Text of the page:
Pros: An improved sequel to the iPhone 5, which was Apple’s best iPhone to date. Retains the same 4” screen, LTE cellular support, and form factor, while offering three chassis color options and adding a fingerprint sensor. Hardware tweaks improve low light performance of both cameras, incorporate a dual-LED rear flash, increase the rear camera’s angle width and aperture; software adds tricks including slow-motion video recording and 10 frame per second burst mode for stills. Features slightly improved headphone port audio, and still solid iOS 7 software foundation, newly augmented by a collection of excellent free iWork and iLife apps. Major boosts to 3-D graphics capabilities and CPU power can increase frame rates and speeds of numerous power-hungry apps. Compatible with past iPhone 5 cases and batteries; offers better battery life than iPhone 5 under some conditions.
Cons: Despite a larger battery, real-world battery performance too often falls below Apple’s best case estimates, with potentially major problems in cellular calling talk time, and similar drain with cellular data. LTE service remains inconsistent between neighborhoods, cities, and countries, with widely varying data speeds and availability. LTE service remains inconsistent, now with not only widely varying data speeds and availability, but also increased user saturation in areas with “strong” signals. Verizon users still can’t talk and access cellular data at same time. FaceTime HD support has apparently been dropped in iOS 7 software for 720p video calling. Due to marketing or manufacturing issues, gold versions are effectively unobtainable at press time, and silver versions are in very short supply. No capacity bump over prior models.
Since 2007, iLounge has independently tested every iPhone model, annually purchasing multiple phones, conducting numerous and time-consuming tests, and bringing together the sometimes differing opinions of our team of editors. There have been some memorably exciting moments over the years—various phones arrived with the first truly amazing iOS games, the first really great photos and video recordings, the first Retina screen and first FaceTime calling abilities—as well as numerous small steps of progress; we’ve also conducted countless hours of rote battery, wireless, and nitty gritty testing that ultimately get summed up as dry statistics. We can’t make the test results seem more exciting than they really are, but they matter: Apple’s performance claims aren’t always spot-on, and especially when they’re not, prospective customers need to know as much.
This year, Apple broke with tradition by releasing two new iPhones as replacements for last year’s iPhone 5. One is the iPhone 5c (full review here), which is nearly identical in functionality to the iPhone 5, but offered at lower $99-$199 prices in one of five colored plastic shells instead of the prior metal and glass frame. The other is the iPhone 5s ($199/16GB, $299/32GB, $399/64GB), which looks nearly identical to the iPhone 5 but offers four key differences: speed, a tweaked rear camera, a fingerprint scanner, and new color choices. Buyers of the prior iPhone 5 should understand each of these models to be so modestly different from last year’s phone that trading up to either one would be all but pointless, but they go in different directions: the iPhone 5c is a downgrade, at least on the outside, while the iPhone 5s is an upgrade, primarily on the inside. Neither of them delivers one of those memorably exciting moments, but the iPhone 5s comes closer, and has a better prospect of doing so in the future.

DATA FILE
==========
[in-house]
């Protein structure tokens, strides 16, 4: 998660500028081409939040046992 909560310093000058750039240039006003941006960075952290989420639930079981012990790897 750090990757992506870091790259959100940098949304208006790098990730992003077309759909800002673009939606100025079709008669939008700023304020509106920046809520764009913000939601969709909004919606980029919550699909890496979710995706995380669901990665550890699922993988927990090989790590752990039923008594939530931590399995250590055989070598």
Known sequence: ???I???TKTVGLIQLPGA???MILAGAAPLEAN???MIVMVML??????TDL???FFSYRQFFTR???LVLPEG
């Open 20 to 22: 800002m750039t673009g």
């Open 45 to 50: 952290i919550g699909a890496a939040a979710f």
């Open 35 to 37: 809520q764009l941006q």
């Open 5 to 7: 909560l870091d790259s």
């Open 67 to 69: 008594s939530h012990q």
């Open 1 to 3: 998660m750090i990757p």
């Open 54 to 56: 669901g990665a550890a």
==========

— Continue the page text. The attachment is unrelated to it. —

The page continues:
Rather than repeating last year’s review, we’re going to stick largely to discussing what’s new in these phones. They certainly aren’t the most exciting new iPhone updates Apple has offered, but as history has demonstrated, small tweaks to already good and great products can be enough to keep sequels viable for another year. Read on to see why the iPhone 5s merited our A- rating and high recommendation, as the iPhone 5c drops to a B+ rating and general recommendation.
The Big Picture: iPhone 5s, iPhone 5c + iOS 7
Understanding the growing appeal of the iPhone family begins with an acknowledgement of Apple’s established design philosophy: Apple creates both the hardware and the operating system software for its devices, separately iterating upon both sides of the equation each year. There hasn’t been a truly “revolutionary” iPhone since the original model debuted in 2007; rather, every version has taken several steps forward (and typically one step back) to refine and improve upon the same concept. Apple doesn’t expect or even strongly encourage customers to buy a new model each year—instead, the company uses a “tick-tock” strategy that spreads major hardware improvements out over the two models introduced during a two-year period, paralleling the typical two-year subsidized phone contracts offered by most U.S. carriers. Its goal is to entice existing customers to upgrade every two or three years, as well as to bring new customers in with each version. The 2008 iPhone 3G, 2010 iPhone 4, and 2012 iPhone 5 became the “base” models with redesigned bodies, while sequels called iPhone 3GS (2009), iPhone 4S (2011), and iPhone 5s (2013) improve a bit upon their predecessors’ formulas. Breaking modestly with tradition, this year’s iPhone 5c is merely a less expensive replacement for the iPhone 5, and not a step forward.